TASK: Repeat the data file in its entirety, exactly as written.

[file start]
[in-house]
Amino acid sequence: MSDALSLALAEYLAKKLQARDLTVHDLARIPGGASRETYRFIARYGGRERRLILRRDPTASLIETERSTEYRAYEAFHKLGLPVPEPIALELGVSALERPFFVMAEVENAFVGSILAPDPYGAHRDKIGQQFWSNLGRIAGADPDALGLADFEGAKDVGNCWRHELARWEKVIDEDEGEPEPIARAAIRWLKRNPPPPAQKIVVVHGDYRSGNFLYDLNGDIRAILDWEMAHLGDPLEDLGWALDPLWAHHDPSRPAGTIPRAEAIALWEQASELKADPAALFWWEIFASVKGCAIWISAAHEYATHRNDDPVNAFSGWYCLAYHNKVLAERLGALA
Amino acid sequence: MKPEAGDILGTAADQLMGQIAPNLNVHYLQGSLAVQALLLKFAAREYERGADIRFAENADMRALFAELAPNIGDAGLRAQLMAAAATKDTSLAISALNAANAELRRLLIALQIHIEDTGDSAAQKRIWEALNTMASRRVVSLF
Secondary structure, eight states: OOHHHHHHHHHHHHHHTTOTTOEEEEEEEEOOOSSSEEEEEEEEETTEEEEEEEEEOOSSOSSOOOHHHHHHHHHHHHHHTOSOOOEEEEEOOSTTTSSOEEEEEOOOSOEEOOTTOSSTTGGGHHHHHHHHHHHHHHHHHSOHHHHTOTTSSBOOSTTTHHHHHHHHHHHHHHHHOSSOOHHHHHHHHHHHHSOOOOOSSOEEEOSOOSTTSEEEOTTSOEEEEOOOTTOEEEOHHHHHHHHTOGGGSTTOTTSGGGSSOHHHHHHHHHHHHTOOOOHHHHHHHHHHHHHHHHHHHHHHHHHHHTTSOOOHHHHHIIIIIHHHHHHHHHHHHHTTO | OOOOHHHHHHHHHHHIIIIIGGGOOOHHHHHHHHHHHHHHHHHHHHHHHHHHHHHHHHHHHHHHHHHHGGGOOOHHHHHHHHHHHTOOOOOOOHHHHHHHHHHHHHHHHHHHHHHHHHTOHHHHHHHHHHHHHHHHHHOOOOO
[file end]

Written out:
[in-house]
Amino acid sequence: MSDALSLALAEYLAKKLQARDLTVHDLARIPGGASRETYRFIARYGGRERRLILRRDPTASLIETERSTEYRAYEAFHKLGLPVPEPIALELGVSALERPFFVMAEVENAFVGSILAPDPYGAHRDKIGQQFWSNLGRIAGADPDALGLADFEGAKDVGNCWRHELARWEKVIDEDEGEPEPIARAAIRWLKRNPPPPAQKIVVVHGDYRSGNFLYDLNGDIRAILDWEMAHLGDPLEDLGWALDPLWAHHDPSRPAGTIPRAEAIALWEQASELKADPAALFWWEIFASVKGCAIWISAAHEYATHRNDDPVNAFSGWYCLAYHNKVLAERLGALA
Amino acid sequence: MKPEAGDILGTAADQLMGQIAPNLNVHYLQGSLAVQALLLKFAAREYERGADIRFAENADMRALFAELAPNIGDAGLRAQLMAAAATKDTSLAISALNAANAELRRLLIALQIHIEDTGDSAAQKRIWEALNTMASRRVVSLF
Secondary structure, eight states: OOHHHHHHHHHHHHHHTTOTTOEEEEEEEEOOOSSSEEEEEEEEETTEEEEEEEEEOOSSOSSOOOHHHHHHHHHHHHHHTOSOOOEEEEEOOSTTTSSOEEEEEOOOSOEEOOTTOSSTTGGGHHHHHHHHHHHHHHHHHSOHHHHTOTTSSBOOSTTTHHHHHHHHHHHHHHHHOSSOOHHHHHHHHHHHHSOOOOOSSOEEEOSOOSTTSEEEOTTSOEEEEOOOTTOEEEOHHHHHHHHTOGGGSTTOTTSGGGSSOHHHHHHHHHHHHTOOOOHHHHHHHHHHHHHHHHHHHHHHHHHHHTTSOOOHHHHHIIIIIHHHHHHHHHHHHHTTO | OOOOHHHHHHHHHHHIIIIIGGGOOOHHHHHHHHHHHHHHHHHHHHHHHHHHHHHHHHHHHHHHHHHHGGGOOOHHHHHHHHHHHTOOOOOOOHHHHHHHHHHHHHHHHHHHHHHHHHTOHHHHHHHHHHHHHHHHHHOOOOO